The Canadian dollar tumbled against its broadly stronger U.S. counterpart on Friday as this week’s spike in bond yields weighed on investor sentiment, with the loonie extending its pullback from a three-year high the day before.
The Canadian dollar was trading 0.9 per cent lower at 1.2710 to the greenback, or 78.68 U.S. cents, its biggest decline since last October. It touched its weakest since Feb. 18 at 1.2729, while it was down 0.8 per cent for the week.
On Thursday, the loonie touched its strongest intraday level since February 2018 at 1.2464.
“The loonie is losing ground along with other risk assets as market volatility increased on a small tantrum over the rising U.S. yields,” said Amo Sahota, director at Klarity FX in San Francisco.
The safe-haven U.S. dollar rose against a basket of major currencies and global equity markets swooned, even as the bond selloff eased a bit. Fears of rising inflation still weighed on sentiment as data showed a strong rebound in U.S. consumer spending.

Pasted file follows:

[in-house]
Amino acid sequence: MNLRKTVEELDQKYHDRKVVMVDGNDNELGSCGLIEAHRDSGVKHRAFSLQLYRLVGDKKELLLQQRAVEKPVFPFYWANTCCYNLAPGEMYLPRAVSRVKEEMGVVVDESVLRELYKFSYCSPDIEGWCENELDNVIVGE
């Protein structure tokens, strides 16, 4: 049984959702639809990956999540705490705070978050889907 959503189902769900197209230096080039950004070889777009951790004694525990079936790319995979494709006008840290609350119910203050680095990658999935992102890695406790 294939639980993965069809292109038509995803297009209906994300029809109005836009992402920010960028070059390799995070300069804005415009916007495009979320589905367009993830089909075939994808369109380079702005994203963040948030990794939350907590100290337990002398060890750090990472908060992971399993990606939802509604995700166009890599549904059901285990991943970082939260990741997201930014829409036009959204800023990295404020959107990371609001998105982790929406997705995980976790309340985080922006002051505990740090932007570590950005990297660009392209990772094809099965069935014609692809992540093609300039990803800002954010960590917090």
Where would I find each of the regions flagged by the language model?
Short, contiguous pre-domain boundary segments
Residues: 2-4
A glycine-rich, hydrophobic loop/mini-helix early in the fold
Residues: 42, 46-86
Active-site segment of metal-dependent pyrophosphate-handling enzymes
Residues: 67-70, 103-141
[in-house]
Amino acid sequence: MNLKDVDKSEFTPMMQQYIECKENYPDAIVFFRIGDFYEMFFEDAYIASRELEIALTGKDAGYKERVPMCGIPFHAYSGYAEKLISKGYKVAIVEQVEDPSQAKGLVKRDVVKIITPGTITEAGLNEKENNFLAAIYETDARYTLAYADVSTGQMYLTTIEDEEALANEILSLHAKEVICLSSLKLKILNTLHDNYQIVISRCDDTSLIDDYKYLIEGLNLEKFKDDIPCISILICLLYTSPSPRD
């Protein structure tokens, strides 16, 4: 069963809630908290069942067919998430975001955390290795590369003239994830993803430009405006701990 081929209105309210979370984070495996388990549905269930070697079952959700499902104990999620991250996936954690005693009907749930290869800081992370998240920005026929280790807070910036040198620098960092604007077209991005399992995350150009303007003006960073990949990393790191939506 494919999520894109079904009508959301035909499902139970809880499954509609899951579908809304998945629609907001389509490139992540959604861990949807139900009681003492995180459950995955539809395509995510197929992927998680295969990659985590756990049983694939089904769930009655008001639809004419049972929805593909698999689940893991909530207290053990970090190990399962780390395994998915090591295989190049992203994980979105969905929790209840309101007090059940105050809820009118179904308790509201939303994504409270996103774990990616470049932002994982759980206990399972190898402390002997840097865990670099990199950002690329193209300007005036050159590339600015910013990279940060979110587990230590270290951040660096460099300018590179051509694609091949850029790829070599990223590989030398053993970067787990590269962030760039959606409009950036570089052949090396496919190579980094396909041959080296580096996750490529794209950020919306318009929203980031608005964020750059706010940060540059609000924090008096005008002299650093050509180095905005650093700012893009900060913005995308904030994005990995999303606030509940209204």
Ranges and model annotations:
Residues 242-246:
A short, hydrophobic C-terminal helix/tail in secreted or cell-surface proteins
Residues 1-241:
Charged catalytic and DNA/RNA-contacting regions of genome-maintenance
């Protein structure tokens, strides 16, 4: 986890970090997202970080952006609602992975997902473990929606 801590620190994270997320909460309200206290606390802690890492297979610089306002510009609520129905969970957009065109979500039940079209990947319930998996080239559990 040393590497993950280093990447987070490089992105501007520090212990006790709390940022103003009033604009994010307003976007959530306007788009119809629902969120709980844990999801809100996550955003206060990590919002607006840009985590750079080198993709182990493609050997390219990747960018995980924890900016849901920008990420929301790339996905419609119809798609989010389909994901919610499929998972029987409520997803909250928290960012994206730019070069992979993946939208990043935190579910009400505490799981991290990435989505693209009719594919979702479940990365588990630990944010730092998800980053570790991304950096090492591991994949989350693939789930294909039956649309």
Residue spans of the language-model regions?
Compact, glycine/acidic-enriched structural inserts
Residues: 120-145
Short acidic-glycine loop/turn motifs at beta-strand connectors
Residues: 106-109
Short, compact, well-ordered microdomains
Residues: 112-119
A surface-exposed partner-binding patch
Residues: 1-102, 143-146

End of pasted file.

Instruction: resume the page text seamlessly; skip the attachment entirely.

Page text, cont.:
“The underlying fundamentals are unchanged so commodity demand strength will remain robust and that should help underpin the loonie and prevent this from turning into a complete rout,” Sahota said.
Oil prices settled 3.2 per cent lower at $61.50 a barrel as forecasts called for crude supply to rise in response to prices climbing above pre-pandemic levels.
Canada’s C$100 billion ($79 billion) stimulus plan is justified by the economic hole caused by the COVID-19 pandemic, government sources said, as analysts warned Ottawa against racking up too much debt and making investments that fail to boost growth.
Canadian government bond yields fell across a flatter curve in sympathy with U.S. Treasuries. The 10-year was down 6.8 basis points at 1.398 per cent.
On Thursday, it touched a 13-month high at 1.486 per cent, while it was up 18.5 basis points for the week.
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